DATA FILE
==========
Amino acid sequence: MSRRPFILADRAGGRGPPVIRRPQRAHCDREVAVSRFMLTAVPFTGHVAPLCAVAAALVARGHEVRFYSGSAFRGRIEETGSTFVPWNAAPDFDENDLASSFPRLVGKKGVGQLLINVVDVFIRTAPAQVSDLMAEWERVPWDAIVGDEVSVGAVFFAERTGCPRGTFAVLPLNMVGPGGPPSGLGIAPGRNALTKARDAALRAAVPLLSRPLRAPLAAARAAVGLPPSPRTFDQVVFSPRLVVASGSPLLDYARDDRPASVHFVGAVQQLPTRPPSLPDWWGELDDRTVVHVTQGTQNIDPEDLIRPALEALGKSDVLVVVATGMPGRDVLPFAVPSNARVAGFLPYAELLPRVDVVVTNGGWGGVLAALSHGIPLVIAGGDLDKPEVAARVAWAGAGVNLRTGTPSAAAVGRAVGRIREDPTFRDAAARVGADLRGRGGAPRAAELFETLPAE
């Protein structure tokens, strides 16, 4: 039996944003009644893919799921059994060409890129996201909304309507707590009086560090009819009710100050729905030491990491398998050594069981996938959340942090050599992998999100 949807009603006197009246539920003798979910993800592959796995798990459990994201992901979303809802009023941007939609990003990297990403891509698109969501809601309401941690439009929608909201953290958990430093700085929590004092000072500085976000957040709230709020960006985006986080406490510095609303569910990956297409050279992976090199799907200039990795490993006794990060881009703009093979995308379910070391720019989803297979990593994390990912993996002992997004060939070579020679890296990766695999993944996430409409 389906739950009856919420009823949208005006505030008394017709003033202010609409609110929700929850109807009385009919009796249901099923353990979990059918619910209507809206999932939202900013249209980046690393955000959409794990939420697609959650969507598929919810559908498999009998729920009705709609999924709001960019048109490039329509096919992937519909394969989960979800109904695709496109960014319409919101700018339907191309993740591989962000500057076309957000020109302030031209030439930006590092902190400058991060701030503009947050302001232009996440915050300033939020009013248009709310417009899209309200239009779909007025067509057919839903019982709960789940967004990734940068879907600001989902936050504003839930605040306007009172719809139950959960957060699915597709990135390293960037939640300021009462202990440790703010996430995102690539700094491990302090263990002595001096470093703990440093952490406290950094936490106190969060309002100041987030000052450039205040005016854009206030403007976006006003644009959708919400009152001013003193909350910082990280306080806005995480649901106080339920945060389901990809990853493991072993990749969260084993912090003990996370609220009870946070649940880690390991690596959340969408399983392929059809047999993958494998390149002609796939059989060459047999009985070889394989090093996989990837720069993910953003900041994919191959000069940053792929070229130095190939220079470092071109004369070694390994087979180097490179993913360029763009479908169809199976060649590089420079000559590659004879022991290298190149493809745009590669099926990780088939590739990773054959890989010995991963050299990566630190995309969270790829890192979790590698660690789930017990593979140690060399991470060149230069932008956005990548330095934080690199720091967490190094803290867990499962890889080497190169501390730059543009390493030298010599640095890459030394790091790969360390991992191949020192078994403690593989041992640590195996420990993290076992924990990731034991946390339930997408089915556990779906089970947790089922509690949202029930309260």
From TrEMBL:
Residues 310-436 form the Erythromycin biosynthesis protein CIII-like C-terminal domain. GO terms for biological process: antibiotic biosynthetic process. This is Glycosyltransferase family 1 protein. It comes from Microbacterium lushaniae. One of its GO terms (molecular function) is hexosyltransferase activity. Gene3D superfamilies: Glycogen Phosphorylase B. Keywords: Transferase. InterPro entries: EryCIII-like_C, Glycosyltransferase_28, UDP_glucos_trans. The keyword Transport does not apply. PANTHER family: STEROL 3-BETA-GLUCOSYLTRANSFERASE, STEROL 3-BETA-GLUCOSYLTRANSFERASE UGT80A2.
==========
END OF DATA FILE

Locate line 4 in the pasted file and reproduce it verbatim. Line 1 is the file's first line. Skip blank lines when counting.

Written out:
Residues 310-436 form the Erythromycin biosynthesis protein CIII-like C-terminal domain. GO terms for biological process: antibiotic biosynthetic process. This is Glycosyltransferase family 1 protein. It comes from Microbacterium lushaniae. One of its GO terms (molecular function) is hexosyltransferase activity. Gene3D superfamilies: Glycogen Phosphorylase B. Keywords: Transferase. InterPro entries: EryCIII-like_C, Glycosyltransferase_28, UDP_glucos_trans. The keyword Transport does not apply. PANTHER family: STEROL 3-BETA-GLUCOSYLTRANSFERASE, STEROL 3-BETA-GLUCOSYLTRANSFERASE UGT80A2.